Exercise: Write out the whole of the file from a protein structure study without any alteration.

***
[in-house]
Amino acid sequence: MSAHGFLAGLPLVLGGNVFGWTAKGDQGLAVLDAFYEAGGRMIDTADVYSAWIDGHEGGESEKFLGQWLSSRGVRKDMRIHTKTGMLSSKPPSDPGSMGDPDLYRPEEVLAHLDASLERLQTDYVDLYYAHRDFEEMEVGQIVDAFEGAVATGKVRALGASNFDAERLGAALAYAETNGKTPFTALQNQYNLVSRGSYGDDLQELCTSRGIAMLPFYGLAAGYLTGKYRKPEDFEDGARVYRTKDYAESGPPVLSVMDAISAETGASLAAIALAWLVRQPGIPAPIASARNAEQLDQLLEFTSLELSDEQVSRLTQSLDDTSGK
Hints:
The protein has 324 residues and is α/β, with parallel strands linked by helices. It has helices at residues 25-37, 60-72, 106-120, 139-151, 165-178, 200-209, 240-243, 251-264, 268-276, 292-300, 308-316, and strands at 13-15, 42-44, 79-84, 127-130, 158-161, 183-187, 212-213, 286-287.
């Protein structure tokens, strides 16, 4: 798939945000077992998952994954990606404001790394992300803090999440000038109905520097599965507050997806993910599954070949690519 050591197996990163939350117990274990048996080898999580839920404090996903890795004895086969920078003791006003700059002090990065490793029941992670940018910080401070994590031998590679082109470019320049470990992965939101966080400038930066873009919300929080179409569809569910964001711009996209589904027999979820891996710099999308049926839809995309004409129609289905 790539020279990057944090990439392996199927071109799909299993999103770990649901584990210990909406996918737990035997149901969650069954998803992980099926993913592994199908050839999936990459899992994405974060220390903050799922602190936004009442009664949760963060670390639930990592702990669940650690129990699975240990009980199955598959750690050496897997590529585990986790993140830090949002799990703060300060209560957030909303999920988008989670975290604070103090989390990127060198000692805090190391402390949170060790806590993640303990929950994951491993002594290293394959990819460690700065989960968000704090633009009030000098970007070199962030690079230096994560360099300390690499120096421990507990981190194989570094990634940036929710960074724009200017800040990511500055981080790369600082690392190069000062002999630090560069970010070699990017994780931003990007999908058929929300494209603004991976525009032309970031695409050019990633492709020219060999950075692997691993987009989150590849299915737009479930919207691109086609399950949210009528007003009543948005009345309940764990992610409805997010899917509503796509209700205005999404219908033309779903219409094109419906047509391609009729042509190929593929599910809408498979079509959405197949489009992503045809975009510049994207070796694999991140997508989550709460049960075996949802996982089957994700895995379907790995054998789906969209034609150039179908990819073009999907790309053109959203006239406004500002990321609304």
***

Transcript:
[in-house]
Amino acid sequence: MSAHGFLAGLPLVLGGNVFGWTAKGDQGLAVLDAFYEAGGRMIDTADVYSAWIDGHEGGESEKFLGQWLSSRGVRKDMRIHTKTGMLSSKPPSDPGSMGDPDLYRPEEVLAHLDASLERLQTDYVDLYYAHRDFEEMEVGQIVDAFEGAVATGKVRALGASNFDAERLGAALAYAETNGKTPFTALQNQYNLVSRGSYGDDLQELCTSRGIAMLPFYGLAAGYLTGKYRKPEDFEDGARVYRTKDYAESGPPVLSVMDAISAETGASLAAIALAWLVRQPGIPAPIASARNAEQLDQLLEFTSLELSDEQVSRLTQSLDDTSGK
Hints:
The protein has 324 residues and is α/β, with parallel strands linked by helices. It has helices at residues 25-37, 60-72, 106-120, 139-151, 165-178, 200-209, 240-243, 251-264, 268-276, 292-300, 308-316, and strands at 13-15, 42-44, 79-84, 127-130, 158-161, 183-187, 212-213, 286-287.
């Protein structure tokens, strides 16, 4: 798939945000077992998952994954990606404001790394992300803090999440000038109905520097599965507050997806993910599954070949690519 050591197996990163939350117990274990048996080898999580839920404090996903890795004895086969920078003791006003700059002090990065490793029941992670940018910080401070994590031998590679082109470019320049470990992965939101966080400038930066873009919300929080179409569809569910964001711009996209589904027999979820891996710099999308049926839809995309004409129609289905 790539020279990057944090990439392996199927071109799909299993999103770990649901584990210990909406996918737990035997149901969650069954998803992980099926993913592994199908050839999936990459899992994405974060220390903050799922602190936004009442009664949760963060670390639930990592702990669940650690129990699975240990009980199955598959750690050496897997590529585990986790993140830090949002799990703060300060209560957030909303999920988008989670975290604070103090989390990127060198000692805090190391402390949170060790806590993640303990929950994951491993002594290293394959990819460690700065989960968000704090633009009030000098970007070199962030690079230096994560360099300390690499120096421990507990981190194989570094990634940036929710960074724009200017800040990511500055981080790369600082690392190069000062002999630090560069970010070699990017994780931003990007999908058929929300494209603004991976525009032309970031695409050019990633492709020219060999950075692997691993987009989150590849299915737009479930919207691109086609399950949210009528007003009543948005009345309940764990992610409805997010899917509503796509209700205005999404219908033309779903219409094109419906047509391609009729042509190929593929599910809408498979079509959405197949489009992503045809975009510049994207070796694999991140997508989550709460049960075996949802996982089957994700895995379907790995054998789906969209034609150039179908990819073009999907790309053109959203006239406004500002990321609304």